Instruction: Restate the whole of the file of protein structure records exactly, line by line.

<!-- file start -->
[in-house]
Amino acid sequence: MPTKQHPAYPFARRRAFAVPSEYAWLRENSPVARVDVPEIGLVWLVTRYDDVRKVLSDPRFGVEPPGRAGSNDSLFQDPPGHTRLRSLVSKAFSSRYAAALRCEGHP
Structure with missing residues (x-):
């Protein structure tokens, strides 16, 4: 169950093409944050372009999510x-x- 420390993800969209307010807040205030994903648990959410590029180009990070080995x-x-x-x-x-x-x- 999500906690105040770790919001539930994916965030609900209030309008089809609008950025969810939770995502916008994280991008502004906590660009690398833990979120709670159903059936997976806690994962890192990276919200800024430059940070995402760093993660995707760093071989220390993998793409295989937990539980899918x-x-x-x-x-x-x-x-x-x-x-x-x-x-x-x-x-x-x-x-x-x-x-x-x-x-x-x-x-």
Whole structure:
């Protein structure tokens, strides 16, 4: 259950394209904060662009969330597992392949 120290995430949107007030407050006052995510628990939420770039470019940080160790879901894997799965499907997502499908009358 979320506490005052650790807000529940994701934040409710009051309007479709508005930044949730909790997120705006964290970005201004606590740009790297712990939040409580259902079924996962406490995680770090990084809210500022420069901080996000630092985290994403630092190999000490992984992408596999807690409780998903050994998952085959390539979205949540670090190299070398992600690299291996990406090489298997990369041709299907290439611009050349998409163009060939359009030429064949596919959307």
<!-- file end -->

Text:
[in-house]
Amino acid sequence: MPTKQHPAYPFARRRAFAVPSEYAWLRENSPVARVDVPEIGLVWLVTRYDDVRKVLSDPRFGVEPPGRAGSNDSLFQDPPGHTRLRSLVSKAFSSRYAAALRCEGHP
Structure with missing residues (x-):
């Protein structure tokens, strides 16, 4: 169950093409944050372009999510x-x- 420390993800969209307010807040205030994903648990959410590029180009990070080995x-x-x-x-x-x-x- 999500906690105040770790919001539930994916965030609900209030309008089809609008950025969810939770995502916008994280991008502004906590660009690398833990979120709670159903059936997976806690994962890192990276919200800024430059940070995402760093993660995707760093071989220390993998793409295989937990539980899918x-x-x-x-x-x-x-x-x-x-x-x-x-x-x-x-x-x-x-x-x-x-x-x-x-x-x-x-x-």
Whole structure:
């Protein structure tokens, strides 16, 4: 259950394209904060662009969330597992392949 120290995430949107007030407050006052995510628990939420770039470019940080160790879901894997799965499907997502499908009358 979320506490005052650790807000529940994701934040409710009051309007479709508005930044949730909790997120705006964290970005201004606590740009790297712990939040409580259902079924996962406490995680770090990084809210500022420069901080996000630092985290994403630092190999000490992984992408596999807690409780998903050994998952085959390539979205949540670090190299070398992600690299291996990406090489298997990369041709299907290439611009050349998409163009060939359009030429064949596919959307």